Research equipment

The research group Soil Science and Plant Nutrition has a wide range of methodologies and research equipment at its disposal to conduct an in-depth study of the interactions between roots and soil, particularly those involving soil microorganisms.

The research group strives for differentiated data and results, and as a result conducts experiments that differ not only by scale and duration – from hours to days, weeks, months and even years – but also by location, including field and laboratory experiments (some in conjunction with the NRW Chamber of Agriculture) as well as various tests in the University’s own Tropic Greenhouse, including pot and hydroponic experiments, climate chamber growth tests and incubation experiments.

Field research (and pot experiments to a certain extent) are supplemented with the following instruments:

  • Weather monitoring station (UGT)
  • Penetrologger (Eijkelkamp), for measuring root penetration resistance
  • Photoacoustic gas monitor (INNOVA) (for measuring CO2, N2O, CH4 and NH3 emissions in the field)
  • Photosynthesis measurement system (LICOR) (for measuring photosynthetic activity and soil respiration)

To investigate the impact of roots and abiotic stress on soil microorganisms, researchers are gathering data on microbial activity (soil respiration, enzyme activity, trace gas emission), microbial biomass (chloroform fumigation extraction, substrate induced respiration) and microbial composition (ergosterol, qPCR). The transfer of carbon and nitrogen from plants to soil will be measured by marking plants with stable isotopes (13C and 15N).

Analysis is conducted at both the plant and soil level. The plant level includes growth both above and below the surface.

Experiments are supplemented with the following instruments:

  • Dry matter, ash content of above and below-ground biomass     
  • Nutrient content, heavy metal content (ICP-OES, Perkin Elmer)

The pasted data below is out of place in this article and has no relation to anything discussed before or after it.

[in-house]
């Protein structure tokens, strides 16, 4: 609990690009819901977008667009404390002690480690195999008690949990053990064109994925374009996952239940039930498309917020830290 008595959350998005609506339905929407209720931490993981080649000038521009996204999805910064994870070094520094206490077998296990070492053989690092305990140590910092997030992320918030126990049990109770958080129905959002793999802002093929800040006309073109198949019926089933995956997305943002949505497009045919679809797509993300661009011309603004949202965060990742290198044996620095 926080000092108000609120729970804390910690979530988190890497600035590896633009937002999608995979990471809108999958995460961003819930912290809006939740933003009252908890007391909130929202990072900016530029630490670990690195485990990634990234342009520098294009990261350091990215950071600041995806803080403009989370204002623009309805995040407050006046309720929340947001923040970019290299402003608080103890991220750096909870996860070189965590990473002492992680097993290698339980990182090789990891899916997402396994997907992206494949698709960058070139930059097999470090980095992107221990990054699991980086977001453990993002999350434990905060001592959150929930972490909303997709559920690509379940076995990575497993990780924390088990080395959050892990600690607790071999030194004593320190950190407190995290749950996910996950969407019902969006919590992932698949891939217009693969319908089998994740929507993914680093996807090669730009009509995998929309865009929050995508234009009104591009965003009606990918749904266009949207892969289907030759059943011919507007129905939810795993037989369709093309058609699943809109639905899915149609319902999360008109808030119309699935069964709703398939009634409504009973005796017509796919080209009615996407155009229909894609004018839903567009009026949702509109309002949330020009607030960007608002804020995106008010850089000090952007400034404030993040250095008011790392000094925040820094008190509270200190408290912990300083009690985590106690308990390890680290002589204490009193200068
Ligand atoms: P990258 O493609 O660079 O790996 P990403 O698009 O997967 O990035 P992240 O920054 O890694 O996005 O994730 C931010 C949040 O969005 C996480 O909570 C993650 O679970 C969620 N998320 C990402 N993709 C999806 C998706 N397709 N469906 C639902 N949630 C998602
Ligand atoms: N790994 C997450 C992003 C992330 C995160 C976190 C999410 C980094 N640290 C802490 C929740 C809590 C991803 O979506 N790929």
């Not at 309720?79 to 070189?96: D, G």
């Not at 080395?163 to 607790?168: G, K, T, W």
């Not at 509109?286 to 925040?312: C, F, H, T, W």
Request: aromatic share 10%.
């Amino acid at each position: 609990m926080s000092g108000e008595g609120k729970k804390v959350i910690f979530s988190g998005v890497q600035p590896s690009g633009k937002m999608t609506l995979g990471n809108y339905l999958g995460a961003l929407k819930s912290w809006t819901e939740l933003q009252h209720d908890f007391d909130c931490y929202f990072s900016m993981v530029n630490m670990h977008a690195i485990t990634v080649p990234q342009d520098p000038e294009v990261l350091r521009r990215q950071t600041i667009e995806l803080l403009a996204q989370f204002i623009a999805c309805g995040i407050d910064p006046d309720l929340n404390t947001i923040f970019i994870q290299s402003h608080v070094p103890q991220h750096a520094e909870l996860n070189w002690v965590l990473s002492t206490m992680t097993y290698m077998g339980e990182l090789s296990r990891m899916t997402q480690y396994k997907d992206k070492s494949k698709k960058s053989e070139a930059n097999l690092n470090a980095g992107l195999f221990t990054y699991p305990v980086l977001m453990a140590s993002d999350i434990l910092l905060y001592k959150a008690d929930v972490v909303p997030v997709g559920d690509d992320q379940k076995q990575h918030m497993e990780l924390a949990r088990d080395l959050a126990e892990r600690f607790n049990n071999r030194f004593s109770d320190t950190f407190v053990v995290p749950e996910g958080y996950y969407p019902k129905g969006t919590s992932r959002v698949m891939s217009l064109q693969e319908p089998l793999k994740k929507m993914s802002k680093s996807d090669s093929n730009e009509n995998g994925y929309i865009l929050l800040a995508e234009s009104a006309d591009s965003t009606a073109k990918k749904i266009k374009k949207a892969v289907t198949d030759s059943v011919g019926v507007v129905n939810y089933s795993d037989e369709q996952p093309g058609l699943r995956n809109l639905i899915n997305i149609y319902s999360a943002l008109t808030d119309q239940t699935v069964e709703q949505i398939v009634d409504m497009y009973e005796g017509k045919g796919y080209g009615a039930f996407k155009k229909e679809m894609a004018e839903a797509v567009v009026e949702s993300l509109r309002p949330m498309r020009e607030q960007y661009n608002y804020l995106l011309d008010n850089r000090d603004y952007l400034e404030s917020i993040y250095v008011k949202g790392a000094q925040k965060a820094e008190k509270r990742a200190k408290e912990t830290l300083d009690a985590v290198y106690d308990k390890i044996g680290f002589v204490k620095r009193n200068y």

• Photosynthesis measurement system (LICOR)
  • Chlorophyll measurement system (SPAD meter)
  • Leaf area meter
  • Root washing station
  • Root scanner (WinRHIZO)
  • Optical microscopes and binoculars
  • [Arbuscular mycorrhiza (staining)]
  • [Secondary plant metabolites (HPLC-MS)] 

The standard chemical and physical characteristics of soil (pH, ECe, carbonate content, CEC, aggregate sability, texture, water retention, nutrient content, heavy metals) are measured at regular intervals as well.

Analysis of the physical properties of soil, including texture, water retention, nutrient content etc., is conducted using the following instruments:

  • Penetrologger (aggregate stability, bulk density, penetration resistance)
  • DOC/TNb (Analytik Jena), for measuringTC and TN in solutions
  • Continuous Flow Auto Analyser (SEAL Analytical), for measuring nitrate, ammonium and nitrite
  • ICP-OES (Perkin Elmer), for measuring total nutrient and heavy metal content in soil and plants
  • Digestion block (Behr)
  • UV-VIS Spectrophotometers (Thermo Scientific)
  • Multiplate reader (BMG Labtech) for DNA and enzymatic determinations
  • Automatic titrators (SI Analytics)
  • Conventional, molecular-biological and optical methods of microbiology, in collaboration with the research group Hygiene and Microbiology
  • High Pressure Liquid Chromatography (HPLC), used to measure ergosterol in collaboration with the research groups Chemistry and Foodstuffs Technology

Soil chemistry will be analysed using the following instruments:

  • pH, in situ redox potential, ECe, carbonate levels, SOM, DOC/TNb (Analytik Jena),
  • Particular organic matter (POM)
  • Total nutrient content (ICP-OES, Perkin Elmer)
  • Plant available nutrients e.g. PO4, SO4, NO3, NO2, NH4 (Seal Autoanalyser, Metrohm IC)
  • K, Mg, Na (ICP-OES, flame photometer), heavy metals (ICP-OES)
  • Cation exchange capacity

Soil biology will be analysed using the following instruments:

  • Microbial activity (CO2: titration, IR or photoacoustic; enzymes (photometer/fluorescence);     N-mineralisation; trace gases, photoacoustic: N2O, CH4, CO2 [INNOVA])
  • Microbial biomass (fumigation extraction, SIR, qPCR)
  • Microbial community structure: ergosterol (HPLC); fungi, bacteria, archaea (qPCR)
  • [Earthworm abundance]

Research group: Soil Science and Plant Nutrition